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As a resident, you may also want to organize an event for your neighbours or other people in the neighbourhood. Residents’ initiatives usually aim to make the neighbourhood or street a better place to live for you and for your neighbours, but they may also look to solve a problem or challenging issue.

As a resident, you are free to take action and set up an initiative. You may quickly find there are many people in your neighbourhood who want to join in, but are then faced with the next big challenge: how to find funding. Ideally, the project should be able to fund itself, but this is rarely the case. This guide will provide information for residents who want to organize an event or activity independently – ‘a residents’ initiative’

10 tips

Tip 1: Look for supporters

See whether the idea you have is important to people in the neighbourhood. After all, the success of a residents’ initiative depends on the residents themselves. All of them, or at least a majority, need to support the initiative or have a positive opinion of it. You need each other’s help if your residents’ initiative is going to bring about change in your neighbourhood.

Tip 2: Talk with others

In order to boost support for the residents’ initiative, you should start talking to the people in your neighbourhood, including those who are against your initiative.  You or your working group may be able to convince them of the benefits of the initiative. Make sure you have credible arguments and can provide clear information on why you think your initiative should go ahead and what you want to achieve with it.

Tip 3: Have a clear vision

Provide clear information on what you want to achieve with your project or activity and how the activities you want to organize will help achieve your goals. This is different from simply saying what you want to do, which is usually already obvious. The activity or project you want to organize is also inspired by a goal. You want to achieve something. Whatever that may be, every goal is just as valid and important as the next. A project that creates a meeting point for residents may look to combat loneliness in the neighbourhood or bring people together and make them aware of the need to care for others.

Tip 4: Budget

If you ask a third party to contribute to the costs of your project or activity, they will want to see a budget with a breakdown of the costs. The budget must be easy to understand for both those involved in the project and those who have little knowledge of it. See whether someone in your neighbourhood with experience in accounting or administration is willing to help you with budgeting.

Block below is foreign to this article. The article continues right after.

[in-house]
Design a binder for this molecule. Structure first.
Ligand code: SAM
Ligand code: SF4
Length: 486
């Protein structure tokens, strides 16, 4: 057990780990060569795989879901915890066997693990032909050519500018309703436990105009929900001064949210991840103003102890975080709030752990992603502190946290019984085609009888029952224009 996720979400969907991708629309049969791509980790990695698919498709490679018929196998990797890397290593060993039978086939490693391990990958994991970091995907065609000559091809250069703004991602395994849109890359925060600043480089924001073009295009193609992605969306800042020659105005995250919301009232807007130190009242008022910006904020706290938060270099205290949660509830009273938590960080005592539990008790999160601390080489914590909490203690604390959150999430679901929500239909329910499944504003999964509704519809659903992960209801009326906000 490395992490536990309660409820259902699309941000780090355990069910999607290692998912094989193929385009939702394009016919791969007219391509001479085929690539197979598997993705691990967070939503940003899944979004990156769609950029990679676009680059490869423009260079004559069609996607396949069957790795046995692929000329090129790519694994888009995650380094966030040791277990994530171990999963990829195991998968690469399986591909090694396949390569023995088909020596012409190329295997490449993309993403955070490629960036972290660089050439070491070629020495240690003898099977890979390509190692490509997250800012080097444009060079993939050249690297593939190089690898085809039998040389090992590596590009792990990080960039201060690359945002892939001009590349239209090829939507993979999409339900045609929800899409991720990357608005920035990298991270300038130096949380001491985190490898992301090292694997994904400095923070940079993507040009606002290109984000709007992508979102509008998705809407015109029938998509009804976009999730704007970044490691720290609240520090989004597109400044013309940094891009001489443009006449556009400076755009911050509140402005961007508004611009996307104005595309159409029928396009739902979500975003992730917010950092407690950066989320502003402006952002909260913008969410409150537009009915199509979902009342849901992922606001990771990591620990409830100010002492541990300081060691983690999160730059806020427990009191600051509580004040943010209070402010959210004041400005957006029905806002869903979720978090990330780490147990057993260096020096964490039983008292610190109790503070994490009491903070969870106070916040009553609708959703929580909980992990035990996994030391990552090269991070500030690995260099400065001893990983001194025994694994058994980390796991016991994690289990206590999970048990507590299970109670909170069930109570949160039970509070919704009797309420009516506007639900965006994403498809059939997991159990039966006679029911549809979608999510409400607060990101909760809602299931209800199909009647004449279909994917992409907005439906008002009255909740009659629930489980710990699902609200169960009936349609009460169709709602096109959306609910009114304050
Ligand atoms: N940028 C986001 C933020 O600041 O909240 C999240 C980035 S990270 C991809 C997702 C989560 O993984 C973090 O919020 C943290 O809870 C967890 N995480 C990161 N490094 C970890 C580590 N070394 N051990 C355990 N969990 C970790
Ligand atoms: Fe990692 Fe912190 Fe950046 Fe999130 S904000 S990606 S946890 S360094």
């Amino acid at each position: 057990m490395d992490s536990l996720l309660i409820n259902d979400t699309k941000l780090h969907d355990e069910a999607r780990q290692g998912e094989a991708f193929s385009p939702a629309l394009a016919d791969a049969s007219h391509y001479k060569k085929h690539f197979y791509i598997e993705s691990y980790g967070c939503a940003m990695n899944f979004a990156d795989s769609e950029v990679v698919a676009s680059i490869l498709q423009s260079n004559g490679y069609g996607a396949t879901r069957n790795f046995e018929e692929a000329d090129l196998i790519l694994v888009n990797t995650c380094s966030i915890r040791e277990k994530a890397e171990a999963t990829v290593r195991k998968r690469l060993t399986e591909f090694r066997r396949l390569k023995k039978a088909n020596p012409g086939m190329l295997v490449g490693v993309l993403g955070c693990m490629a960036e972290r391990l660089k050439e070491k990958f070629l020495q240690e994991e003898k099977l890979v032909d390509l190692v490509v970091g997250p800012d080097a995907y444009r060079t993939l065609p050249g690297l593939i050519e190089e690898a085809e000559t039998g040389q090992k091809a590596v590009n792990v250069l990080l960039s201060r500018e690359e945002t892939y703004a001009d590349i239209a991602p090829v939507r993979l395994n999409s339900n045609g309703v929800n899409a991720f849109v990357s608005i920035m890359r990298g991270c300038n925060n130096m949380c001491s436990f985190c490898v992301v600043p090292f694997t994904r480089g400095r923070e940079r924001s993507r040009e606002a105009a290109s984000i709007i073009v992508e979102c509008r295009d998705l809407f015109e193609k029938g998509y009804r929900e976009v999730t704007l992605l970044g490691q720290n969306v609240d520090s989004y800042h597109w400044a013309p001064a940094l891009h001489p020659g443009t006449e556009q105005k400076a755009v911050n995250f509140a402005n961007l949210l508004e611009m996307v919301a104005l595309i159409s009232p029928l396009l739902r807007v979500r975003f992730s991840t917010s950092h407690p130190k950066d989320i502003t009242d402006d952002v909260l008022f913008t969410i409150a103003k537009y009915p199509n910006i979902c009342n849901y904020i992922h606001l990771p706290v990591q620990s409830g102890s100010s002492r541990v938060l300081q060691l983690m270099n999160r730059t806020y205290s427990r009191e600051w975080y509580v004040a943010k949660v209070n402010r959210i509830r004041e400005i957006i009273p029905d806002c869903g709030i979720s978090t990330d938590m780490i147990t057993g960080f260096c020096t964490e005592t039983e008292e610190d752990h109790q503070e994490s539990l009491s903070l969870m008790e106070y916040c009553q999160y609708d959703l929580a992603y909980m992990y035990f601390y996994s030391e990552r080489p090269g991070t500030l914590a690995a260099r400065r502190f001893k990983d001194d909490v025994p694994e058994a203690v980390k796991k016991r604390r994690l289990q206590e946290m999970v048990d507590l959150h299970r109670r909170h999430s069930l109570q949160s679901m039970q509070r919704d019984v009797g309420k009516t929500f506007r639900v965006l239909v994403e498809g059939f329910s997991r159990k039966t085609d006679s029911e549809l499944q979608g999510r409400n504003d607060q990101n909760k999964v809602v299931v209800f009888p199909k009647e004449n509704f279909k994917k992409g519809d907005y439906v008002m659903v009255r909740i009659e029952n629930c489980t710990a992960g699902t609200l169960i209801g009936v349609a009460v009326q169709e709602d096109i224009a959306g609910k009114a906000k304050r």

Tip 5: See who wants to provide funding

You could have many sources of funding, but the main source will be the people taking part in the activity. See whether these people would be willing to provide funding and turn the activity into a reality. Crowdfunding is the modern way of organizing funding: it raises money from people who each contribute an amount, typically via the Internet. In some cases, part of the project budget may be subsidized.

The second way of funding your project is sponsors. These could be companies or large institutions whose philosophies tie in with the objective of your project or activity. Many organizations provide grants for social and community activities, so you should carry out some research to find out the most suitable grant provider for you. Remember that you can request a grant from several institutions. If so, each request you send needs to provide information on the funding you have already applied for (stating the source) and the status of this funding.

Tip 6: Consider working with a volunteer organization

A residents’ initiative can be set up and implemented by residents themselves, with no help from third parties. However, the old adage of ‘two brains are better than one’ still applies. For instance, it can be helpful to join forces with a local volunteer organization, as these organizations usually have an established network of volunteers. If you do decide to accept a grant, you may want to ask a volunteer organization to take care of the financial and administrative tasks, instead of having an individual person take on this responsibility.

Tip 7: Ask when and how to apply for a grant

Each grant provider has its own application deadline and terms and conditions. You must research when and how you can submit an application. Find out whether the institution has fixed application deadlines and standard application forms, or whether it accepts applications by post, in person, or digitally.

Tip 8: Find out whether you need a permit

Some activities may take place in a public space, which could affect the people using this space. You may also want to organize some catering. If so, you must ask the municipality whether you require a special permit.

Tip 9: For benefit claimants: check the consequences for your benefits payments

Although your participation in a residents’ initiative will mostly have no effect on your benefits payments, you should always double-check. For instance, your benefits agency may start to ask questions if you start receiving a grant.

Tip 10: Don’t be afraid to ask questions